Here is Times Square in New York City with a few days remaining in 2014. It’s a tradition for us to watch the ball drop at midnight. This has been a good year for our family; perhaps it was the cabbage and black-eyed peas that I fixed last year on New Years Day. I’m a little suspicious, so think I’ll cook the same foods this year, too.
I always thought it would be fun to visit Times Square in New York City on midnight of New Years Eve. Well, we didn’t make it exactly on New Years Eve. But we did visit the city a week earlier and included some sight seeing. It was wet, raining and foggy. That didn’t stop the crowds including us as we took in all the tourist sights. Actually the fog gave things a surreal appearance. It was an interesting adventure and I love to visit New York City. Here is Rockefeller Center and ice skating.
So 2014 comes to a close; it has been a good one for us–we are fortunate for good health and prosperity. I’m a little superstitious and credit the cabbage and black-eyed peas I cooked last New Years Day in 2014. Think I’ll do it again.
Foods for Luck and Wealth for the New Year
In the southern culture boiled cabbage and black-eyed peas are always served on New Years Day. The back-eyed peas mean luck and prosperity and the cabbage–or other greens–refers to money and wealth. My Cajun next door neighbor, Essie, shared her foods with us and always made sure we had some of these lucky foods.
Traditional and Updated Cabbage Recipes
While the traditional method on New Years Day to serve cabbage is boiled, there’s no reason for why you can’t get a little fancy. I cooked an abundance of cabbage this past year partly due to all the vegetables supplied in my Community Supported Agriculture baskets. Here are two of my favorite cabbage recipes to ring in the new year.
Hungarian-Style Stuffed Cabbage. I asked my neighbors of Hungarian descent for ideas on how they fixed cabbage. My neighbor brought out a very old and well used cookbook that she inherited from her mother with a traditional Hungarian-style stuffed cabbage recipe.
The cabbage was stuffed with ground beef and rice and boiled on the stove along with beef shanks and sauerkraut. I would not think of cooking stuffed cabbage rolls in sauerkraut–pickled cabbage–but it worked and gave the dish a pungent flavor. It was delicious.
The recipe came from “The Hungarian Cookbook: 151 Most Flavorful Hungarian Recipes” by Melanie DeProfit. The cookbook was published by the Culinary Institute of Chicago in 1954, 1955, 1965 and beyond. The Culinary Institute published cookbooks with recipes from many countries around the world and included a home economics staff that tested the recipes. These cookbooks can still be purchased from used bookstore web sites. I cannot find any information of whether or not this Culinary Institute still exists.
Here is the original recipe in it’s entirety from the cookbook. My only modification to the recipe was that I used boneless beef shanks and did not pre-cook them. I also omitted the gravy step at the end of the recipe. Stuffing the cabbage leaves does take some time, but it is well worth the effort. Here’s the preparation in progress.
And the recipe.
Here’s the finished Hungarian Stuffed Cabbage.
Best Cabbage Casserole. My second recipe, Cabbage Casserole, comes from a cookbook titled, “Best of the Best from the Deep South Cookbook.”
How could you not like a recipe from a cookbook with this title. The recipes are selected as the best ones from community cookbooks published in Louisiana, Mississippi and Alabama. The co-editors, Gwen McKee and Barbara Moseley, are both from the Deep South and their knowledge, effort and research show in the selection of recipes. All the recipes in the cookbook look tempting and it is a great collection. The recipe is part of the Recipe Collection, Quail Ridge Press, Inc. and is published with permission. (//www.quailridge.com/)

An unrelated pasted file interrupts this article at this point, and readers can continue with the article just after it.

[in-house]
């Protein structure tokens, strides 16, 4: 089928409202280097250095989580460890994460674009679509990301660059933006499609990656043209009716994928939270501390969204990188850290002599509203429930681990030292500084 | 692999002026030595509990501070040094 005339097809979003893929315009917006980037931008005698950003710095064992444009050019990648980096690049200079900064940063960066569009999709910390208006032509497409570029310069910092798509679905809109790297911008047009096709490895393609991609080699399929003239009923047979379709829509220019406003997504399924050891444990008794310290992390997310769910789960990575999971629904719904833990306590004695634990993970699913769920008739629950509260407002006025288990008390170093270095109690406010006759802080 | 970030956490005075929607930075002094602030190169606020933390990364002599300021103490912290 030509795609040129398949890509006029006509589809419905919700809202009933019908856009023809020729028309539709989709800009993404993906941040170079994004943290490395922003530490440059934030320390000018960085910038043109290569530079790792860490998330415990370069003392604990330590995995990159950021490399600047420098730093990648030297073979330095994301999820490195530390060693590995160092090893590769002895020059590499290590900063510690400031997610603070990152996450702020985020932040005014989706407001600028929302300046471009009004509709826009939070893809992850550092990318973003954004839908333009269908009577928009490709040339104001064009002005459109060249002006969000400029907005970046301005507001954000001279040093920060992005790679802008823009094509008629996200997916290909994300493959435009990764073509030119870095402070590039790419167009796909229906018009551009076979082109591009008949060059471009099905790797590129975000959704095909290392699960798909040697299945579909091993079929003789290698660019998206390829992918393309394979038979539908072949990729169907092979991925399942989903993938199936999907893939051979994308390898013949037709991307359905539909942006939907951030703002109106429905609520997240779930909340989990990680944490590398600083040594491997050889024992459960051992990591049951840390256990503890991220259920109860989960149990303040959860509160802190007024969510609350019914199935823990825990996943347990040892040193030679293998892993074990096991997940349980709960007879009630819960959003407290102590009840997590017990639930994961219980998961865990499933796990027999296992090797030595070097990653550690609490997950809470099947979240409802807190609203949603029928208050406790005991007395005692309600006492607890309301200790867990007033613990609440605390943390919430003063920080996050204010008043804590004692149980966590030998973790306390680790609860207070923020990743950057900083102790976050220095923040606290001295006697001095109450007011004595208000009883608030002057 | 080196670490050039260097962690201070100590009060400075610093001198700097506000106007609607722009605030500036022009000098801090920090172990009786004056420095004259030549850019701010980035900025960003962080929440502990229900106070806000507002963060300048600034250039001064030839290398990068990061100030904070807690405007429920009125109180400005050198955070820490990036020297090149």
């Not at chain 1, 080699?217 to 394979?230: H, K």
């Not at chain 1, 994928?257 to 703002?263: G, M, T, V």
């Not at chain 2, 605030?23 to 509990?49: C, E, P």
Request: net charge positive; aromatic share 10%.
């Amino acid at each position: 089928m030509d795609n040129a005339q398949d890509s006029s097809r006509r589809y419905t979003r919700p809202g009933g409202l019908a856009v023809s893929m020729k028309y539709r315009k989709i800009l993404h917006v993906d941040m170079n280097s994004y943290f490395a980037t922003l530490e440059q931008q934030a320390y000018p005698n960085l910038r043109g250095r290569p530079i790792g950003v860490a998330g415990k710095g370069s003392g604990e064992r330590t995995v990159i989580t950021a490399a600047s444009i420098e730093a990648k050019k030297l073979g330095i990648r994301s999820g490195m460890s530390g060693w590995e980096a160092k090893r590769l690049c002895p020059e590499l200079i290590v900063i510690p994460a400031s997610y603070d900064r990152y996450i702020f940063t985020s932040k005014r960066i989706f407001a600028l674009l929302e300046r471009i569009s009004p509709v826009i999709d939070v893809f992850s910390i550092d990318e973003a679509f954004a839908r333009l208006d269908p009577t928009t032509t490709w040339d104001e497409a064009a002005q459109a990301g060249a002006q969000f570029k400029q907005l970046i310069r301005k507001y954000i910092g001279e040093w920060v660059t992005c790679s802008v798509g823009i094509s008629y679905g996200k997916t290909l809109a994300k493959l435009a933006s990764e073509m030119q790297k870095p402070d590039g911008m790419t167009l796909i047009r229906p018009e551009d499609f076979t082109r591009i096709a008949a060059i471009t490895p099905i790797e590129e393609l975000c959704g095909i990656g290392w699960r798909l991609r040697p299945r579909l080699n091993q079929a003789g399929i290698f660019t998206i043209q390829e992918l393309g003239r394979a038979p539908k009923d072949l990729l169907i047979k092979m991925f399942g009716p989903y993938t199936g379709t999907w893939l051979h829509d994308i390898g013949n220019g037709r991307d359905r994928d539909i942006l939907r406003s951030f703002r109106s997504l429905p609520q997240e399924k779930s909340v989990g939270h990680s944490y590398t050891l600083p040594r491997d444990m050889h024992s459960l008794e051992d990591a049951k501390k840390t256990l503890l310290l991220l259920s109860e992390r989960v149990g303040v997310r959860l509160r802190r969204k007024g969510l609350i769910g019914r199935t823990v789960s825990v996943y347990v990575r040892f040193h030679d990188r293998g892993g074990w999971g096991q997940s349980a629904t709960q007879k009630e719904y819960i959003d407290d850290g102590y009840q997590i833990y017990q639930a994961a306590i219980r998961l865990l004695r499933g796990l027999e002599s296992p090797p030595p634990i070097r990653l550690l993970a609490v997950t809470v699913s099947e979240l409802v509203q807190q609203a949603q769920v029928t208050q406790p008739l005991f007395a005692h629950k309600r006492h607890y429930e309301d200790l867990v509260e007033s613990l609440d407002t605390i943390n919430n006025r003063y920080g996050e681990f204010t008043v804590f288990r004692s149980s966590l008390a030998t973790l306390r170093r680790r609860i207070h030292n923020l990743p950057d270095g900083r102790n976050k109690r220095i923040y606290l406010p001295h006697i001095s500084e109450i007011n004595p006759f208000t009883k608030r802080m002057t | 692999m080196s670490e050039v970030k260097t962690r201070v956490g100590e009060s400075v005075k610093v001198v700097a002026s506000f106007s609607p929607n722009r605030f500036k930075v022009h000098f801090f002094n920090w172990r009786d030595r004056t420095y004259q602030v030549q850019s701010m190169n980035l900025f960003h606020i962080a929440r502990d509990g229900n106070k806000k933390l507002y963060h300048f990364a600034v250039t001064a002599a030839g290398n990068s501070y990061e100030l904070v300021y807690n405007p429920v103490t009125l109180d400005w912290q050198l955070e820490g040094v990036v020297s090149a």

This casserole is very easy to assemble. I used my food processor to shred the cabbage, chop and slice the vegetables. Just brown the meat, add the vegetables, then other ingredients, melt the cheese for the sauce, assemble the ingredients in the casserole dish and bake. The recipe makes a huge casserole–leftovers can be frozen or I suggest cutting the recipe in half. I baked it in two 9×13-baking casserole dishes. Ro-Tel tomatoes give some “spice” to the recipe; I suggest using hot sausage as well. Do not over-heat the cheese, microwave until just softened. Here are some of the ingredients.
- 1 pound ground beef
- 1 pound bulk seasoned sausage
- 1 medium onion, diced
- 1 stalk celery, thinly sliced
- 2 cloves garlic, crushed
- 1 cup rice
- 1/4 cup water
- 2 (10-ounce) cans Ro-Tel diced tomatoes with green chilies
- 1 medium head cabbage, coarsely shredded
- 16 ounces Velveeta cheese
- 1/2 stick margarine
- 1 tablespoon flour
- 1 cup milk
Instructions and Steps
- Brown meat and sausage in Dutch oven. Drain fat; add onion, pepper, celery, garlic, and rice. Cook 5 minutes. Add water, tomatoes, and cabbage; cook 10 minutes. Pour into a 9×13-inch baking dish.
- In a separate bowl; microwave cheese and butter until melted. Stir in flour and milk. Pour over meat mixture. Bake at 350 degrees for 45 minutes. Uncover, and bake 15 minutes more. Serve with corn bread. This recipe freezes well.
Recipe is posted with permission. Recipe is submitted from “Treasures from Our Kitchen” (Mississippi) and published in “Deep South Cookbook” from Quail Ridge Press, Inc. (//www.quailridge.com/)
I hope your family had a good year in 2014, too. Our wish is for peace and prosperity in the New Year of 2015 for all of us. Here’s my favorite image of New York City and Rockefeller Center. It is sort of a fantasy land. A taxi cab ride through New York City brings a reminder that this city is a true melting pot where immigrants come from all over the world to live and seek fortune. Can’t we all live together?